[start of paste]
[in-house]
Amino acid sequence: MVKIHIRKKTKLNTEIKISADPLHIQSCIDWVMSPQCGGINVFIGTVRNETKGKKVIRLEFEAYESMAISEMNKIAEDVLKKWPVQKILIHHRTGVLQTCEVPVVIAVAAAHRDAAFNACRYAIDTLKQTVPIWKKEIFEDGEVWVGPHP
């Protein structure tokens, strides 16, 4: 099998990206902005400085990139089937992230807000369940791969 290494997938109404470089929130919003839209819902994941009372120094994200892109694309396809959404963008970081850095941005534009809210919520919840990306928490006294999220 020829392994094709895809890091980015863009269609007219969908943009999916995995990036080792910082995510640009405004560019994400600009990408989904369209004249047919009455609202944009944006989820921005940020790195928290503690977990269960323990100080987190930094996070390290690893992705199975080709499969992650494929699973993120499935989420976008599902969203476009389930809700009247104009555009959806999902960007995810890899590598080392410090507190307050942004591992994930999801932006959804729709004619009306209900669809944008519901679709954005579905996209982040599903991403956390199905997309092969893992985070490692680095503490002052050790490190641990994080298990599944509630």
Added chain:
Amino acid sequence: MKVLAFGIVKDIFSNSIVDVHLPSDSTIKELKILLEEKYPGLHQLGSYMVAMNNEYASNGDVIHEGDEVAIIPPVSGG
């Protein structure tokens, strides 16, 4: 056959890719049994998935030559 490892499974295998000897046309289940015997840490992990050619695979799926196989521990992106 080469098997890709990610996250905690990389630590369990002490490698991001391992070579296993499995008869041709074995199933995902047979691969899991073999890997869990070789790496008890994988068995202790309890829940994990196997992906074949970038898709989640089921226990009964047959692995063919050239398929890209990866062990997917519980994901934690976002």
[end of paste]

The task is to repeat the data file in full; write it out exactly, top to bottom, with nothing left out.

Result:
[in-house]
Amino acid sequence: MVKIHIRKKTKLNTEIKISADPLHIQSCIDWVMSPQCGGINVFIGTVRNETKGKKVIRLEFEAYESMAISEMNKIAEDVLKKWPVQKILIHHRTGVLQTCEVPVVIAVAAAHRDAAFNACRYAIDTLKQTVPIWKKEIFEDGEVWVGPHP
């Protein structure tokens, strides 16, 4: 099998990206902005400085990139089937992230807000369940791969 290494997938109404470089929130919003839209819902994941009372120094994200892109694309396809959404963008970081850095941005534009809210919520919840990306928490006294999220 020829392994094709895809890091980015863009269609007219969908943009999916995995990036080792910082995510640009405004560019994400600009990408989904369209004249047919009455609202944009944006989820921005940020790195928290503690977990269960323990100080987190930094996070390290690893992705199975080709499969992650494929699973993120499935989420976008599902969203476009389930809700009247104009555009959806999902960007995810890899590598080392410090507190307050942004591992994930999801932006959804729709004619009306209900669809944008519901679709954005579905996209982040599903991403956390199905997309092969893992985070490692680095503490002052050790490190641990994080298990599944509630």
Added chain:
Amino acid sequence: MKVLAFGIVKDIFSNSIVDVHLPSDSTIKELKILLEEKYPGLHQLGSYMVAMNNEYASNGDVIHEGDEVAIIPPVSGG
């Protein structure tokens, strides 16, 4: 056959890719049994998935030559 490892499974295998000897046309289940015997840490992990050619695979799926196989521990992106 080469098997890709990610996250905690990389630590369990002490490698991001391992070579296993499995008869041709074995199933995902047979691969899991073999890997869990070789790496008890994988068995202790309890829940994990196997992906074949970038898709989640089921226990009964047959692995063919050239398929890209990866062990997917519980994901934690976002």